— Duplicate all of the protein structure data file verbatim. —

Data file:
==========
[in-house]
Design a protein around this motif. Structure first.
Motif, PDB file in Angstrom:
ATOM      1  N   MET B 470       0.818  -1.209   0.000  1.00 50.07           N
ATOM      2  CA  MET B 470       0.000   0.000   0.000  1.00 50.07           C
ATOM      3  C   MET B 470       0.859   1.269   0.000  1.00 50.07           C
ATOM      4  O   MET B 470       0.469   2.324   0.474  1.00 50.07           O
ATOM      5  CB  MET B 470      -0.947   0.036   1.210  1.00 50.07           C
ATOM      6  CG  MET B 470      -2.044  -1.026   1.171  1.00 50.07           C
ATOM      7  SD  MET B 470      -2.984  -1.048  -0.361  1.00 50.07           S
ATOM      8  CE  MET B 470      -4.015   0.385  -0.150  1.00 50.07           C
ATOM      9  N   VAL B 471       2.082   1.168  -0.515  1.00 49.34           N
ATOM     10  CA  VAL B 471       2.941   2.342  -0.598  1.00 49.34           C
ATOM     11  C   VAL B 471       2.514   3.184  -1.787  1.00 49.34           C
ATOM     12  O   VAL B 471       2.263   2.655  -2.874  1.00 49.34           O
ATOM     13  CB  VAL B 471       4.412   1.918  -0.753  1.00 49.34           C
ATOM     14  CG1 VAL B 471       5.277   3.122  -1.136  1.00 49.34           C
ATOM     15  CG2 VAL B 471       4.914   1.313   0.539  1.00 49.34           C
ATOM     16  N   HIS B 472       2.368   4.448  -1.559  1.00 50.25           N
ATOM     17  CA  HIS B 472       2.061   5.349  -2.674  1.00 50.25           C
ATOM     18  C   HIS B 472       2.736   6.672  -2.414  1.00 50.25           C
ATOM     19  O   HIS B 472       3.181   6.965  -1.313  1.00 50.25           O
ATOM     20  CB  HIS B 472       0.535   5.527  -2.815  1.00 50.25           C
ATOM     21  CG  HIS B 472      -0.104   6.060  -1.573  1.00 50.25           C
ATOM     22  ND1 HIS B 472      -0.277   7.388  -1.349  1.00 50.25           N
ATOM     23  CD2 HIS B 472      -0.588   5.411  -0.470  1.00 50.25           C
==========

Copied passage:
[in-house]
Design a protein around this motif. Structure first.
Motif, PDB file in Angstrom:
ATOM      1  N   MET B 470       0.818  -1.209   0.000  1.00 50.07           N
ATOM      2  CA  MET B 470       0.000   0.000   0.000  1.00 50.07           C
ATOM      3  C   MET B 470       0.859   1.269   0.000  1.00 50.07           C
ATOM      4  O   MET B 470       0.469   2.324   0.474  1.00 50.07           O
ATOM      5  CB  MET B 470      -0.947   0.036   1.210  1.00 50.07           C
ATOM      6  CG  MET B 470      -2.044  -1.026   1.171  1.00 50.07           C
ATOM      7  SD  MET B 470      -2.984  -1.048  -0.361  1.00 50.07           S
ATOM      8  CE  MET B 470      -4.015   0.385  -0.150  1.00 50.07           C
ATOM      9  N   VAL B 471       2.082   1.168  -0.515  1.00 49.34           N
ATOM     10  CA  VAL B 471       2.941   2.342  -0.598  1.00 49.34           C
ATOM     11  C   VAL B 471       2.514   3.184  -1.787  1.00 49.34           C
ATOM     12  O   VAL B 471       2.263   2.655  -2.874  1.00 49.34           O
ATOM     13  CB  VAL B 471       4.412   1.918  -0.753  1.00 49.34           C
ATOM     14  CG1 VAL B 471       5.277   3.122  -1.136  1.00 49.34           C
ATOM     15  CG2 VAL B 471       4.914   1.313   0.539  1.00 49.34           C
ATOM     16  N   HIS B 472       2.368   4.448  -1.559  1.00 50.25           N
ATOM     17  CA  HIS B 472       2.061   5.349  -2.674  1.00 50.25           C
ATOM     18  C   HIS B 472       2.736   6.672  -2.414  1.00 50.25           C
ATOM     19  O   HIS B 472       3.181   6.965  -1.313  1.00 50.25           O
ATOM     20  CB  HIS B 472       0.535   5.527  -2.815  1.00 50.25           C
ATOM     21  CG  HIS B 472      -0.104   6.060  -1.573  1.00 50.25           C
ATOM     22  ND1 HIS B 472      -0.277   7.388  -1.349  1.00 50.25           N
ATOM     23  CD2 HIS B 472      -0.588   5.411  -0.470  1.00 50.25           C